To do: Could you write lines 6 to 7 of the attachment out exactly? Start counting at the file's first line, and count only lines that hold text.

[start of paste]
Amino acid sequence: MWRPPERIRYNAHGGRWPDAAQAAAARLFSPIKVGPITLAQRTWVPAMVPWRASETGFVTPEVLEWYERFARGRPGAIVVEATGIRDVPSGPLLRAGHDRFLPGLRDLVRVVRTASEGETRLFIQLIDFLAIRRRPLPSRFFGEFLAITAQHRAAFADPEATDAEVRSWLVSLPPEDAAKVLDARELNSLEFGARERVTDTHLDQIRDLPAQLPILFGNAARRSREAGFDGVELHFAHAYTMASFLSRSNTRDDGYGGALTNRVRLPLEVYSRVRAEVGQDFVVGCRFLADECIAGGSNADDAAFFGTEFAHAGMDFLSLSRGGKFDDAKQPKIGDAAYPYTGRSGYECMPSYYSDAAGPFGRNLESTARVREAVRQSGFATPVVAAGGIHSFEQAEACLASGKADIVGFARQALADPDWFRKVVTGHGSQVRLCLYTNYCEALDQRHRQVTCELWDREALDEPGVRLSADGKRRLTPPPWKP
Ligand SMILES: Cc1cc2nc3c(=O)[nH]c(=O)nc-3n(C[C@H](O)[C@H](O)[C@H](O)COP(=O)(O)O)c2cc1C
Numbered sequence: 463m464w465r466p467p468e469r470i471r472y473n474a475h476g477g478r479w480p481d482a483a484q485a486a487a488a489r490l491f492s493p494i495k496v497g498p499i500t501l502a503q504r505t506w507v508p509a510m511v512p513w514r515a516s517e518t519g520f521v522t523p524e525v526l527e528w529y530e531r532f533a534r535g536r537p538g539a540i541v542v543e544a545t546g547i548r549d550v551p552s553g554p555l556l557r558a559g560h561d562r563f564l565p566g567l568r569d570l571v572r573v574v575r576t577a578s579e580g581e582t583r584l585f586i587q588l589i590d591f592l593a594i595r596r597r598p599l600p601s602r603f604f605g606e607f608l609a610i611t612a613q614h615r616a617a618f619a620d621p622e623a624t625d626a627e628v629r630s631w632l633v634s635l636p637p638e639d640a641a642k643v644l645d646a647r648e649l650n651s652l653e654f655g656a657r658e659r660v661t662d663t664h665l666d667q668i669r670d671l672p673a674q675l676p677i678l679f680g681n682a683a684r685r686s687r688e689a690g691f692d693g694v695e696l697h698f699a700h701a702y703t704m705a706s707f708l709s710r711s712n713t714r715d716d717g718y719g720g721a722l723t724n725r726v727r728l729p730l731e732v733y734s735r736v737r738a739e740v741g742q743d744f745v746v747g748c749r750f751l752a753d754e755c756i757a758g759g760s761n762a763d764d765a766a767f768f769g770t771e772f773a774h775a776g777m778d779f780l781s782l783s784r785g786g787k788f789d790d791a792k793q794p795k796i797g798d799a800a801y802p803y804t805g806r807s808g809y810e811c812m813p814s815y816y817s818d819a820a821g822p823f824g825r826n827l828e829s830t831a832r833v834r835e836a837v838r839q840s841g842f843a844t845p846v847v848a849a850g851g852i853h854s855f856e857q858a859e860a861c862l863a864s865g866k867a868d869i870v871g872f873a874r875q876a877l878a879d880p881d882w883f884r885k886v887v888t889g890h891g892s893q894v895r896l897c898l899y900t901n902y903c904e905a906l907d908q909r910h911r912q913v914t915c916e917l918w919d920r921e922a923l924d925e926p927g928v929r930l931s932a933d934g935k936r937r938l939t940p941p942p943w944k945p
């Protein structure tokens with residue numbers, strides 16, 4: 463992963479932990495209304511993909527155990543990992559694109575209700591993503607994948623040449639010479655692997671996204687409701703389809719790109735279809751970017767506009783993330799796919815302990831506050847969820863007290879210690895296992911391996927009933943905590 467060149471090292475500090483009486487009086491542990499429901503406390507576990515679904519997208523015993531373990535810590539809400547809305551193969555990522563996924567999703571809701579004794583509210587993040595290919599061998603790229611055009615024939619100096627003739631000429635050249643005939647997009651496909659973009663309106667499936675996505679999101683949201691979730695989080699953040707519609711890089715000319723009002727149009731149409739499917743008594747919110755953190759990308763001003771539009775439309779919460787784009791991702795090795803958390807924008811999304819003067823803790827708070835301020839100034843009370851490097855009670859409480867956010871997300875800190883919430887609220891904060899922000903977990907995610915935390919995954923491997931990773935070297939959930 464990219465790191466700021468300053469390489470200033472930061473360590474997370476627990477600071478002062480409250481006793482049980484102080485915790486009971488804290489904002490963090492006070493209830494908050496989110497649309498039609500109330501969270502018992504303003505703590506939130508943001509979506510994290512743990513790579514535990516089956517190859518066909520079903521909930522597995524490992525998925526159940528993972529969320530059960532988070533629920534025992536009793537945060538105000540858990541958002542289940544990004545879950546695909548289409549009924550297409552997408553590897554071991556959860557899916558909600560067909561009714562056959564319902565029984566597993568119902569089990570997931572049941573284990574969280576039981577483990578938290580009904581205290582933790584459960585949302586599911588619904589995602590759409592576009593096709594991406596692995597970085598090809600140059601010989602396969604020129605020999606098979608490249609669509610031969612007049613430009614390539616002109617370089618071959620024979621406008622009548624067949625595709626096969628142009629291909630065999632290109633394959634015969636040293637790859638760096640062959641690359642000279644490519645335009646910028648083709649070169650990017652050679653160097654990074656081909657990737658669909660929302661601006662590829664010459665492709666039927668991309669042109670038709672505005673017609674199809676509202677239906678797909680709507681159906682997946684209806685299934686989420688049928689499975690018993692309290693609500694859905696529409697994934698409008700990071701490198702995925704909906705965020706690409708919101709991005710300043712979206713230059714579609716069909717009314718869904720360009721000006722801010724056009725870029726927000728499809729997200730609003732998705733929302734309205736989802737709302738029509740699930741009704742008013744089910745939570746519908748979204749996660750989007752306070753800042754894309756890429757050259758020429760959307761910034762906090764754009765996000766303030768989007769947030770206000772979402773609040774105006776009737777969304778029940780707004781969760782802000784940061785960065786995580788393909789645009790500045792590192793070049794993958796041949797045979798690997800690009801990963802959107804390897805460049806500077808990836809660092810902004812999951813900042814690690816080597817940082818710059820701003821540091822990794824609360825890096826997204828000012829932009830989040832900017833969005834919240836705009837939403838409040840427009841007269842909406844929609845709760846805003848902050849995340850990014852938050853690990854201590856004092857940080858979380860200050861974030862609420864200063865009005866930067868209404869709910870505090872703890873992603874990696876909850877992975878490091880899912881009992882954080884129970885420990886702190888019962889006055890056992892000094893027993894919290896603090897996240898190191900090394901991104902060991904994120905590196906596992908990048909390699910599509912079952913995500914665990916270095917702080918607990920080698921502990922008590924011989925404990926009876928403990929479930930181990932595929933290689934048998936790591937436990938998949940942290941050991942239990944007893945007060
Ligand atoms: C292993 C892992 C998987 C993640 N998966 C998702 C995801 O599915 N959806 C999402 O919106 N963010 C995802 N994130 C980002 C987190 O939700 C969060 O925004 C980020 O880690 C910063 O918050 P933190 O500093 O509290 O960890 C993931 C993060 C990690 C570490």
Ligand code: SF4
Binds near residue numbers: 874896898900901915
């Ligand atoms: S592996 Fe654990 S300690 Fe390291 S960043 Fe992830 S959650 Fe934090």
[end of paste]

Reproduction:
Ligand code: SF4
Binds near residue numbers: 874896898900901915